The real ghosts of Christmas are the homeless, the forgotten and invisible ones who have somehow slipped through the cracks in our society to land on the pavements of our towns and cities.

Being homeless at any time of year is no fun. Each season brings with it its own challenges and risks that are difficult to overcome without a place to call your own. Arguably, Christmas is one of the hardest times to be on the streets on your own. It’s the time everyone else is celebrating family, enjoying great food and time with people they love while temperatures dip and they hope for snow.

Most people pass the homeless without a glance; pretending they’re not there but exacerbating feelings of isolation for rough sleepers. Some will drop a few coins and give a smile or encouraging words and others will verbally abuse them, or worse which only increases levels of anxiety and stress.

In response to the ongoing upward trend in rough sleeper numbers since 2010, last year, Theresa May pledged to halve rough sleeping by 2022 and established a high-level Rough-Sleeping and Homelessness Reduction Taskforce to do so. While the actual figures for each part of the country differ, the overall upward trend is evident in the South West with an increase of 8% in 2017 on the previous year’s figures.


Mental Health for Homeless People at Christmas

Being on your own at Christmas is difficult even when you do have a place of your own. Recent figures on loneliness and social isolation show that it is not just a difficult emotional experience, but one that impacts our physical health too. Lacking social connections is comparable to smoking 15 cigarettes a day and increases the likelihood of mortality by 26%.

Research by Homeless Link found that 45% of homeless people have been diagnosed with a mental health issue and 80% reported a mental health problem such as depression, anxiety or reliance on drugs and other substances – much higher levels than the rest of the UK’s population.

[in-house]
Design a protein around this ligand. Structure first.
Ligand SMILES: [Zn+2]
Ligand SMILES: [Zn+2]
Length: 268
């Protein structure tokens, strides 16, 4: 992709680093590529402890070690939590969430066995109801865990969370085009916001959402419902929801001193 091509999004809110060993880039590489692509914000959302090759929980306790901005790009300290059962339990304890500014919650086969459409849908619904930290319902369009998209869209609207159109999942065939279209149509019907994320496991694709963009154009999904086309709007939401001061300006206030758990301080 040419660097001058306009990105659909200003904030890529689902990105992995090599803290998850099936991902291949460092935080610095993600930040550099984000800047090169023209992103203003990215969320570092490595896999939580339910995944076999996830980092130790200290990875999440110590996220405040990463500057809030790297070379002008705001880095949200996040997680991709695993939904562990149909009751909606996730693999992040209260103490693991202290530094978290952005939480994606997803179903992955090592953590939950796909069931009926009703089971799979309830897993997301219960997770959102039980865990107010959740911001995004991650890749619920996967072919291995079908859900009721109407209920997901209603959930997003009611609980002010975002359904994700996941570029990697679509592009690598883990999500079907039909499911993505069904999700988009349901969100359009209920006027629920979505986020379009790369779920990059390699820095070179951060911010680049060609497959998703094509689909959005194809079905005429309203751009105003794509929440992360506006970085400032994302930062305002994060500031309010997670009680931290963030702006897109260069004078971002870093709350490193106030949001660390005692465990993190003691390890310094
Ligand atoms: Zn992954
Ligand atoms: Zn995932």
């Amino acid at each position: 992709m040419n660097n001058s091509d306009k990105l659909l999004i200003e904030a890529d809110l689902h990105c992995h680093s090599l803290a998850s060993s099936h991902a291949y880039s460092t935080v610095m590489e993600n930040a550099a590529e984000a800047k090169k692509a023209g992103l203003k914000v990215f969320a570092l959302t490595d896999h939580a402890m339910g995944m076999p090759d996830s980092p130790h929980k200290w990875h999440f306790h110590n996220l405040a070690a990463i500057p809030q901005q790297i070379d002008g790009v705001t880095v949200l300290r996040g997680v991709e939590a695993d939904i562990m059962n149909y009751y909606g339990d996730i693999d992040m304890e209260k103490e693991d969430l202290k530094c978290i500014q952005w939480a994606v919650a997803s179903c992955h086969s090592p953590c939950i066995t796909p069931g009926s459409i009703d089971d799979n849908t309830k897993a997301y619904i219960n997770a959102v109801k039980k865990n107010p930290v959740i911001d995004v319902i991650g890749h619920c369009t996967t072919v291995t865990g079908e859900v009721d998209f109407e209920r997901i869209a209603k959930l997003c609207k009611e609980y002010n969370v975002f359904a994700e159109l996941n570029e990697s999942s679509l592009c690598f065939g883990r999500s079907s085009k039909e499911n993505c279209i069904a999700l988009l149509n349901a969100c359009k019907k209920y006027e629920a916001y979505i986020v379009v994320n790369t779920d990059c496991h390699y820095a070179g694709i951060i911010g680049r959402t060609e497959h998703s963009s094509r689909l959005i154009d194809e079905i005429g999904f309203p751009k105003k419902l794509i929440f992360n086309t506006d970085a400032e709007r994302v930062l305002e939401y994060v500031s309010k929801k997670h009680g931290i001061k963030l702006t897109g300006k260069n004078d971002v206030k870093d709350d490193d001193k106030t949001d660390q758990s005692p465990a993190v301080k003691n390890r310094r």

Having a safe and secure home is just as important for your physical health as it is for your mental health. Being homeless can exacerbate or prompt mental health issues. Often, the tips given by health professionals for coping with depression and anxiety don’t consider the challenges faced by people without a home. Staying in touch with others and maintaining social connections, taking daily exercise to lift your mood and maintaining a healthy diet can become insurmountable tasks when you have no home or cooking facilities.


Making a Difference All Year Round

At Freedom, our Day Centre provides a safe space for people to unwind and connect with each other as well as access the services and support they need to transform their lives. Other facilities, such as showers, the laundry services, free clothes store and allowing people to use the centre as a ‘care of’ address seem like small kindnesses, but they make a massive difference to someone who is standing up in all they own and doesn’t have a place to call their own.

As one past client commented, “Freedom provided a warm dry place, facilities to clean myself and my clothes, kept my post and gave me a C/- address to use. [They] provided a lifeline [when I was] at my lowest ebb.”


Social Connections Ease the Pain of a Christmas Alone

Our Day Centre’s TV lounge and pool tables are sometimes the only places our beneficiaries are able to come to, to meet with friends and engage in activities that help them build and maintain the necessary social connections for better mental health. All of these facilities will be open right up to Christmas, and now that we are running the Safe Sleep service from the same location, rough sleepers will still have somewhere to go on Christmas Day too. You can support us with this work by donating to our #GiftOfFreedom appeal.

This Christmas we are hosting two Christmas dinners and for many, it will be the only Christmas dinner they have this year. The dinner on the 20th of December will cater for all of our Day Centre beneficiaries, providing them not only with a traditional Christmas dinner but also the opportunity to connect with others and strengthen the social bonds that are so integral to maintaining our mental health, connections with our community and bettering our life chances.

On Christmas Day, our team will get together to put on a Christmas dinner for all of the Safe Sleep service users. This year is the first that we’re hosting two Christmas dinners for vulnerable people in North Devon so donations of food, crackers, gifts and even money to cover our overheads are very welcome. Our Christmas Meal Appeal is also open for donations that will go towards providing a Christmas that will be remembered fondly.

Donate to our Christmas Meal Appeal